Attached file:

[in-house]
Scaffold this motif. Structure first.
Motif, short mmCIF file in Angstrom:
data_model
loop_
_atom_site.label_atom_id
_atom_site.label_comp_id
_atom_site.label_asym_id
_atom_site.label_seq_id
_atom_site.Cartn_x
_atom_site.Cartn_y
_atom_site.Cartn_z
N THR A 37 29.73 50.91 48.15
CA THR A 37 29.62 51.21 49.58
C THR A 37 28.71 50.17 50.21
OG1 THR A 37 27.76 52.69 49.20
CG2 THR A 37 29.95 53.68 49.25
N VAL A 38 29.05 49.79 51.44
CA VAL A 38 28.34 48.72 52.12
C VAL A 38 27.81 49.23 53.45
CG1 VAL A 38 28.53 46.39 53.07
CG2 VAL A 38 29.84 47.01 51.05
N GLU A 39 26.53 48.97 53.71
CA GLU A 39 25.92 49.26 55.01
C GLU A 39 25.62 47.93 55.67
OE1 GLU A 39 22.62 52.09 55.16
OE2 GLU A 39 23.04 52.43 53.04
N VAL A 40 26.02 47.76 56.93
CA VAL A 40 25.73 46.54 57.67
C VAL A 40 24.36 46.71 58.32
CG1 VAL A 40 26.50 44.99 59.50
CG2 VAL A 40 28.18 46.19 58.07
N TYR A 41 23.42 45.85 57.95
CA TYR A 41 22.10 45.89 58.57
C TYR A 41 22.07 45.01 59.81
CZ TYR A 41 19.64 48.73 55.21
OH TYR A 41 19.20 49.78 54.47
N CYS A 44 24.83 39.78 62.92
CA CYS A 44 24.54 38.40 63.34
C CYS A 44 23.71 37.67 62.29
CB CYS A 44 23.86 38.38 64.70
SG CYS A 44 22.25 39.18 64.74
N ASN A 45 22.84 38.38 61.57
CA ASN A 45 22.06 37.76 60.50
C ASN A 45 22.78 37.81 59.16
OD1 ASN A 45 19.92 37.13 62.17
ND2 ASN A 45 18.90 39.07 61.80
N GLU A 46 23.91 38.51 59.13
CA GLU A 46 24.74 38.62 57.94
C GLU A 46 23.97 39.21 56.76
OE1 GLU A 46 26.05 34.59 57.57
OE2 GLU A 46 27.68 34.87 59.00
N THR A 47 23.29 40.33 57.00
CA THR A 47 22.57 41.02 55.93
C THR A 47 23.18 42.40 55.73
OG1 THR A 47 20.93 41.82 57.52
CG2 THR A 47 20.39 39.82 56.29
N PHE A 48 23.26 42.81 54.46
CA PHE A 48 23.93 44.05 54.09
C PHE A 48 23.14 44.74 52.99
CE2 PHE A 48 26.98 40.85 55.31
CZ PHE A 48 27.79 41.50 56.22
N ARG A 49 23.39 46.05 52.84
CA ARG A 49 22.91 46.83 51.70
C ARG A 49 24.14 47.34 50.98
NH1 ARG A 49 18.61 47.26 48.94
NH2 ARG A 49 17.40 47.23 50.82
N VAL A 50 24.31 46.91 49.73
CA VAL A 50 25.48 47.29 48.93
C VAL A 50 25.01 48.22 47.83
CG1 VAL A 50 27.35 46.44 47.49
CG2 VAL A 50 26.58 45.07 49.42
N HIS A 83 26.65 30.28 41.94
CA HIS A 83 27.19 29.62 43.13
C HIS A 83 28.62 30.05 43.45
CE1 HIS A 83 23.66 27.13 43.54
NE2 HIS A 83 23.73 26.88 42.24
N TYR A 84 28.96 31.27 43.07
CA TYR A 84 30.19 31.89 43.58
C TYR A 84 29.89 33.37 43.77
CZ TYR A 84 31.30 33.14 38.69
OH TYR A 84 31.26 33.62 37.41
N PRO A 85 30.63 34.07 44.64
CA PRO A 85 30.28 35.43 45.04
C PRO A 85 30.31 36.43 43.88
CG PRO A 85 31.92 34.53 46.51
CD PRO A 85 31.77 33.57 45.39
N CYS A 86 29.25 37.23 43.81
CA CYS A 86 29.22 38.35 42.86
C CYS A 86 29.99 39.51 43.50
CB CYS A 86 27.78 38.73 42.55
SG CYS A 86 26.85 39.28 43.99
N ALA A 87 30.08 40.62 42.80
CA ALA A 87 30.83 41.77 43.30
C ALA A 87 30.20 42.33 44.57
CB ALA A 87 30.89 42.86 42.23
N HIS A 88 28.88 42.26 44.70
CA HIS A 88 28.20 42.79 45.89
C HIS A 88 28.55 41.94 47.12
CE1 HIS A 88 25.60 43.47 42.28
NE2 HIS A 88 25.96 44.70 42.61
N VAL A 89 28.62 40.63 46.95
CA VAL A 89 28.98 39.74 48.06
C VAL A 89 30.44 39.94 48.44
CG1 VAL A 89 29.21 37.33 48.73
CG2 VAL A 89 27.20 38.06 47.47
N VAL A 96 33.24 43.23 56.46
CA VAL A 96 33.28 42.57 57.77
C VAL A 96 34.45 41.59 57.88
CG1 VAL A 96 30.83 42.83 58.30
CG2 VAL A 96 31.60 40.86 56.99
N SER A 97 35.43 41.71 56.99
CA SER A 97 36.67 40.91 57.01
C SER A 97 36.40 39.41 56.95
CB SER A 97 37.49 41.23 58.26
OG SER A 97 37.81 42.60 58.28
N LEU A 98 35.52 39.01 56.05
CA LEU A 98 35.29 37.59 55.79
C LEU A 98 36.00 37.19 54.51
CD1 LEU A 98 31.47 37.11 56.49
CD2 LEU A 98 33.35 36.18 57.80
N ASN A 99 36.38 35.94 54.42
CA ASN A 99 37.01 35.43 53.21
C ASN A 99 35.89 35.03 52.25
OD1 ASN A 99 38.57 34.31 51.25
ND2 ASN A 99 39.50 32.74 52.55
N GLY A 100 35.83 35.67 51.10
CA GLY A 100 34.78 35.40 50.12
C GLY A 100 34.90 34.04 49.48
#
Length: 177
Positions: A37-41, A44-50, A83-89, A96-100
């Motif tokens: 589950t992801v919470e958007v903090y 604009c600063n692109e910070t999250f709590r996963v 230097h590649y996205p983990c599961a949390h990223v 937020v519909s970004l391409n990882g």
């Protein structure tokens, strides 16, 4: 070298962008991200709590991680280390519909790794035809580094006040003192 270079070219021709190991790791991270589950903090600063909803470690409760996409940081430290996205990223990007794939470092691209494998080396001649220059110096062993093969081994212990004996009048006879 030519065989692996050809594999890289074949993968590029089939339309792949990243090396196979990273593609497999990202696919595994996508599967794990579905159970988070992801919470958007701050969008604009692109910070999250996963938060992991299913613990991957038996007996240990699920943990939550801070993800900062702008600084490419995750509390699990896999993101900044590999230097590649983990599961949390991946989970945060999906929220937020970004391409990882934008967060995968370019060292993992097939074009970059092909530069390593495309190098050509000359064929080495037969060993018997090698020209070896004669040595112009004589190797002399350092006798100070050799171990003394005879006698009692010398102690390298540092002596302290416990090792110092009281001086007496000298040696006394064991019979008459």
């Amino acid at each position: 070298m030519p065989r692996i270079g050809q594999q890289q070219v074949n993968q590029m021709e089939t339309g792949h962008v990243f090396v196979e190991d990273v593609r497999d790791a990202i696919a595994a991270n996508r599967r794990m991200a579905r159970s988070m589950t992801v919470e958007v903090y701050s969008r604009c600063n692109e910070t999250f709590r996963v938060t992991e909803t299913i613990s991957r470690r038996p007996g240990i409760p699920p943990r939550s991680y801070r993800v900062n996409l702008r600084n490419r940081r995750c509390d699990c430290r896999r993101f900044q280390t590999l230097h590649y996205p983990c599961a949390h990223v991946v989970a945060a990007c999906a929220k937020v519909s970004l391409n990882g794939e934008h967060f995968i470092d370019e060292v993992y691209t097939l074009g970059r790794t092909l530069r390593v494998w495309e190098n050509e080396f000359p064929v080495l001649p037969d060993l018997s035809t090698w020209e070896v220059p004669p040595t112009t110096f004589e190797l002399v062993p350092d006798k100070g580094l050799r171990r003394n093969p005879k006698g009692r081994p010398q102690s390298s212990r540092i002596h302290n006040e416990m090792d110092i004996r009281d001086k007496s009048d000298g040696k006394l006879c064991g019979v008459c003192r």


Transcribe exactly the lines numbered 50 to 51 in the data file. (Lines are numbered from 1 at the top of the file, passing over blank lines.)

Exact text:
C GLU A 46 23.97 39.21 56.76
OE1 GLU A 46 26.05 34.59 57.57